Duration: I started working full-time as a staff photographer for the Yakima Herald-Republic in 2015. I left in 2017 to pursue freelancing in the editorial and commercial world.
Location: Jackson, Wyoming.
Education: BA in Spanish from Seattle University, Seattle, Washington.
Career path: My career path has been highly influenced by the photography community in Seattle. The Seattle Times photojournalist Erika Schultz and commercial photographer Michael Hansen were some of my most important mentors when I first started. Since I did not study photography in college, I learned much of my photography skills from internships and mentors. I studied Spanish, thinking I’d become a photojournalist in Latin America, but after interning for the Associated Press in Mexico City, Mexico—which was a wonderful learning experience—I realized I was more passionate about travel and adventure photography. My creative vision has expanded, and most of my assignments are now for commercial clients. I am grateful for my photojournalism background because it gave me an invaluable skill set, one that enables me to work on the fly and develop photography projects with full narrative arcs.
Cultural influences: I grew up in a small, outdoorsy town. From a young age, I learned to appreciate the outdoors, and I enjoy sharing that love through photography. Because of my background in photojournalism, I believe in finding candid shots rather than creating them. I am always trying to find organic moments that show the true spirit of what I am photographing. Although I was born in the states, my father is Colombian, and I am super proud of my Latin heritage. As a female with Latin roots, I am passionate about highlighting women and minorities in my work.
Favorite project: PNW Sheepherders, a documentary project about Peruvian migrant sheepherders who come to the states to work for 2.5 years straight. They work for low wages for 365 days a year and 24 hours a day, alone in the mountains of Washington. I felt this story was crucial to tell because it shared the importance of migrant workers and the struggles they go through to produce wool in the United States.
I worked on the project for more than two years. It was mostly self-funded, but a small grant from the Society of Professional Journalists helped me finish the last portion. Some wonderful mentors from National Geographic helped me along the way. The project gave me a chance to grow as a storyteller. I gained a better understanding of how to slow down while shooting long-term projects. I realized that with this type of work, you’re not going to get every shot you need right away, and that being patient and spacing out shooting days is very helpful.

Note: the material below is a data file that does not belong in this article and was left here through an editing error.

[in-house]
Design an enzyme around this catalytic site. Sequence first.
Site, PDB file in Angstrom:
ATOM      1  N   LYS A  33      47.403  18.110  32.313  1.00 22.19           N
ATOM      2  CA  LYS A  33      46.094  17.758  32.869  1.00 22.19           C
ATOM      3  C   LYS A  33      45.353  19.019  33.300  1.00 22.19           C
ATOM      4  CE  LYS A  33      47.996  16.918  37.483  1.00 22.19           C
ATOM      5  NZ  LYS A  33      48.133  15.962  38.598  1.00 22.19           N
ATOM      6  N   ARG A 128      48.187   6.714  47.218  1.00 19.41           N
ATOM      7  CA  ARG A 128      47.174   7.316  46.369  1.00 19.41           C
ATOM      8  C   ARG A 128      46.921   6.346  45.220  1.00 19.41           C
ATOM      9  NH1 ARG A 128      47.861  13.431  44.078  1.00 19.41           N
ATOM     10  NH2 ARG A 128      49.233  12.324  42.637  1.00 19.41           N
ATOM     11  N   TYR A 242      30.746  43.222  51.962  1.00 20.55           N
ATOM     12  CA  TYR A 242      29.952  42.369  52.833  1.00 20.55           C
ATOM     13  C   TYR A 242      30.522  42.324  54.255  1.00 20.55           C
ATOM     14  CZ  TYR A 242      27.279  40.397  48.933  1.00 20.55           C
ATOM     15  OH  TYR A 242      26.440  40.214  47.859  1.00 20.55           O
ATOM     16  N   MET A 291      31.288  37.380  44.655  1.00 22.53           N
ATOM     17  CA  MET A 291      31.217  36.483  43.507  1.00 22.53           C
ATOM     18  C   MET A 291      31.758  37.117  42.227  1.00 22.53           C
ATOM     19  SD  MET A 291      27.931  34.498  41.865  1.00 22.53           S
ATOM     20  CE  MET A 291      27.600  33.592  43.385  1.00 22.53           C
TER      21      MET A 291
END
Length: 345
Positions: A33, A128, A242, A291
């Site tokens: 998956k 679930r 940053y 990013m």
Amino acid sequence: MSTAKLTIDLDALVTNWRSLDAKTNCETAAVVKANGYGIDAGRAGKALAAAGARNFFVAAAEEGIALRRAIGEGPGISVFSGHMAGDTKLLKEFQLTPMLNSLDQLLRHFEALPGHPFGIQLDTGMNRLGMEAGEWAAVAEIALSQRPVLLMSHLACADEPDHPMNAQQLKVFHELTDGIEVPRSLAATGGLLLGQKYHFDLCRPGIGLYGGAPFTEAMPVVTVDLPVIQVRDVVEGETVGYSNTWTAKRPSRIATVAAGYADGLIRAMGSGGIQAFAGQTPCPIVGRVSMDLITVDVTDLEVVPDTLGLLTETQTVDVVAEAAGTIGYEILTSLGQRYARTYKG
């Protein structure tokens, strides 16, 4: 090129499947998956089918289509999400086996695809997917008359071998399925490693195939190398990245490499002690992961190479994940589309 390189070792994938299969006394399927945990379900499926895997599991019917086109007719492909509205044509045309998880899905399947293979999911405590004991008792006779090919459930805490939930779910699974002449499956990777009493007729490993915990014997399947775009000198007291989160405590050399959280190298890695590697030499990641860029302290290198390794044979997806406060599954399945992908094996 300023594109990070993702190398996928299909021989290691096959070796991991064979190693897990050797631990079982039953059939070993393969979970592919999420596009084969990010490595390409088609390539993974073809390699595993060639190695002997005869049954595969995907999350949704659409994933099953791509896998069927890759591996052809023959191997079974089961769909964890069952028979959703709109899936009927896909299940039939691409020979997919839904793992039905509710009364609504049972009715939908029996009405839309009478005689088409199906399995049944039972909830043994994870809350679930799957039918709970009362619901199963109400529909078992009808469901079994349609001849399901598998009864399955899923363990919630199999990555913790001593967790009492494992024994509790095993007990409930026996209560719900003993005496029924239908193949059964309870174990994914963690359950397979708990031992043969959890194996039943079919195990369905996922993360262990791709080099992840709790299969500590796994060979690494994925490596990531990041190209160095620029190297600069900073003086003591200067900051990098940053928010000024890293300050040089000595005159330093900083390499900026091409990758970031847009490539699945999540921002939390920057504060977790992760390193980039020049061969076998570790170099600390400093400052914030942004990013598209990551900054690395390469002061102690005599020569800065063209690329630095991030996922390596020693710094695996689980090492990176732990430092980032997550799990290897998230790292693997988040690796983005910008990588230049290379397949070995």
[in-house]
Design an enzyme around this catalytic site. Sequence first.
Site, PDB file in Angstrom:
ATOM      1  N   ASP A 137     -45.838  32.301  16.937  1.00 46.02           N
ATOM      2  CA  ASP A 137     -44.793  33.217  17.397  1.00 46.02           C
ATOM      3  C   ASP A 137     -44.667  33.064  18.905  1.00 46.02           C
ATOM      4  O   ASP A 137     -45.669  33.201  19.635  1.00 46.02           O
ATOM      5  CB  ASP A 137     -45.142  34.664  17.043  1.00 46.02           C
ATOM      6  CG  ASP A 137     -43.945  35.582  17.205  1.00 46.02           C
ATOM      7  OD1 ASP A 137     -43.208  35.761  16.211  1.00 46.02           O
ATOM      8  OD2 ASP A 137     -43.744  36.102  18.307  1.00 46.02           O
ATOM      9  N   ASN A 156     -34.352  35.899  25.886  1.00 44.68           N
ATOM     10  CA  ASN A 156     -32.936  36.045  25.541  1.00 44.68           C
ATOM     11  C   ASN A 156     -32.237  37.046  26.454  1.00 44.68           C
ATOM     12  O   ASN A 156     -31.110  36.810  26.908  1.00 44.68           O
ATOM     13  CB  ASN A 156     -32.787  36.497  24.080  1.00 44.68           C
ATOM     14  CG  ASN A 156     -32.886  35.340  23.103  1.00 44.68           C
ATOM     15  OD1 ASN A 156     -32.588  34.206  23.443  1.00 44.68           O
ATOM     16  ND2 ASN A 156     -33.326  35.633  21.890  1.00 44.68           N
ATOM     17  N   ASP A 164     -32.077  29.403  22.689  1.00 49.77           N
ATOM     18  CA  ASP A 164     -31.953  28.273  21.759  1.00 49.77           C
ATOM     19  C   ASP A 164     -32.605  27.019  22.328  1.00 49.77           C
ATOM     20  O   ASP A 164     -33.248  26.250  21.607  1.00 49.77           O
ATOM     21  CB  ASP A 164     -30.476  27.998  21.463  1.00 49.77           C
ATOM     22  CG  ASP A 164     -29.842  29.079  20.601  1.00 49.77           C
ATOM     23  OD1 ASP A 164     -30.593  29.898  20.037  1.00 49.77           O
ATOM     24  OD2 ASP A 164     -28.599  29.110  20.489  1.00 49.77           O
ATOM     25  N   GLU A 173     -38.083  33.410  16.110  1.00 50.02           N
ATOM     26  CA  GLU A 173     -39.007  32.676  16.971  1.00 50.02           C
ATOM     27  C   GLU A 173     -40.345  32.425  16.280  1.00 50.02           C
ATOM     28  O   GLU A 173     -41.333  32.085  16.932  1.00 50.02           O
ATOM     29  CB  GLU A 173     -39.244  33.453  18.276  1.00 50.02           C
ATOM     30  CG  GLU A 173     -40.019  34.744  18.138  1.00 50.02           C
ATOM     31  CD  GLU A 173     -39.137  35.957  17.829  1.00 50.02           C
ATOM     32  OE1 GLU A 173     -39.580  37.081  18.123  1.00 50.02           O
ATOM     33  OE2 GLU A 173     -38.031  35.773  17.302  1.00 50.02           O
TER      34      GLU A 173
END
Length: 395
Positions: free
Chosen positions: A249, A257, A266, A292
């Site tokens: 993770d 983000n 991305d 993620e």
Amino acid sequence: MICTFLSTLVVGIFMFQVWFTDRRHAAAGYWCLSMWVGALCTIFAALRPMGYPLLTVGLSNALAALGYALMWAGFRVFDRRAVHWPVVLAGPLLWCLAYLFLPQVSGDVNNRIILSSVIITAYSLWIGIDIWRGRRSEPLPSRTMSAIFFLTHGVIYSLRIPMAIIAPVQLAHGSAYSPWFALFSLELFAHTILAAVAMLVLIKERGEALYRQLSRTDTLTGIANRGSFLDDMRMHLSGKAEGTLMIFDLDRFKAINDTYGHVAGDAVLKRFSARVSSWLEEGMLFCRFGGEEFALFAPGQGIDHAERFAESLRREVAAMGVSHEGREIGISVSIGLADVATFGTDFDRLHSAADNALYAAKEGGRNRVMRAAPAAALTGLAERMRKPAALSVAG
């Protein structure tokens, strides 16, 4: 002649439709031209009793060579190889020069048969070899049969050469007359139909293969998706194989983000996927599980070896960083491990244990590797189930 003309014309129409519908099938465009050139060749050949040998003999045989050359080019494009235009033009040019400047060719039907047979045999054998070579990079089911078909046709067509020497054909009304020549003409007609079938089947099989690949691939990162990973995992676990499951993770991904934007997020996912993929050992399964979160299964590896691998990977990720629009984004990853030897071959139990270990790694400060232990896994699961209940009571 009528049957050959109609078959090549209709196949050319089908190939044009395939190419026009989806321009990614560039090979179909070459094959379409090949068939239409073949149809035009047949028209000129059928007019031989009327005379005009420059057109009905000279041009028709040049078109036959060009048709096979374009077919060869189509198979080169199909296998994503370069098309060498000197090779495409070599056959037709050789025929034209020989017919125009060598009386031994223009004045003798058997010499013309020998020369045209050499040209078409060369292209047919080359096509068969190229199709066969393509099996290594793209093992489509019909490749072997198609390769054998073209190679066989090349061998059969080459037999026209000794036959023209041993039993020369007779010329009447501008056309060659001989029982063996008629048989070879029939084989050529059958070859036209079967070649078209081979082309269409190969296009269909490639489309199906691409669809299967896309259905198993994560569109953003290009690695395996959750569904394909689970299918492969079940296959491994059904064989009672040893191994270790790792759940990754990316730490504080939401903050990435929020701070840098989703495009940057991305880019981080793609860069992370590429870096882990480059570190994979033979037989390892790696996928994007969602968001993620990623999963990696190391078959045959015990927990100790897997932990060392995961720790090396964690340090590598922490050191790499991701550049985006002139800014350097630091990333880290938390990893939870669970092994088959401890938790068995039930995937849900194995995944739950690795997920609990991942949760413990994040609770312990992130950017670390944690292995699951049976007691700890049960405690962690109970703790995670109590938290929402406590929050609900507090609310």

After working as a photojournalist for years, it was helpful to shoot this project solely for myself. Without limitations, my creative vision evolved into my unique style of shooting. To shoot something simply because you want to shoot it and not because anyone told you to can be very freeing.
Work environment: Lately, it’s been in the mountains, which is awesome! This is my favorite place to photograph. I rarely shoot in a studio setting. With my commercial work, I am usually working anywhere from a hiking trail to the top of a mountain. When I am shooting editorial work, the environment is more intimate; I am usually photographing at someone’s house or observing my subject’s daily life. I feel lucky to be in these spaces because I get to experience the world and learn from it in new ways.
Approach: Today, I always bring a journalistic approach to shoots. My goal is to get viewers to connect not only through beauty within the imagery, but also through relatable moments and human emotion. I go beyond the obvious gorgeous shot and search for more. I’ve been trained to develop narrative arcs within a set of images, and I strive to create a full story in all my shoots. No matter if I am shooting an editorial or commercial assignment, I like to keep the vibes relaxed and genuine. I try my hardest to get to know the people I am photographing and get on their level. I never want anyone I am working with to think I am better than them in any way.
Aspirations: In five to ten years, I’d like to be shooting more advertising campaigns and catalog work for outdoor brands. I’d like my work to include more women and minorities in the outdoor world. I’ve always been interested in shooting fashion photography someday as well. Wherever I am, I’d like to continue shooting personal projects, as they fuel the fire in my photography.
Philosophy: Shoot the work you care about, and trust it will take you where you are supposed to go.
Fun fact: Once, while photographing a cattle drive for an assignment, I was charged at by an angry pregnant cow. She knocked me to the ground while I was carrying two 1DX cameras, but I managed to escape safely. I was pretty freaked out afterwards, but the cowboys on the cattle drive got a good laugh out of it. I’m a total wannabe cowgirl, and I’d love to have a ranch of my own someday.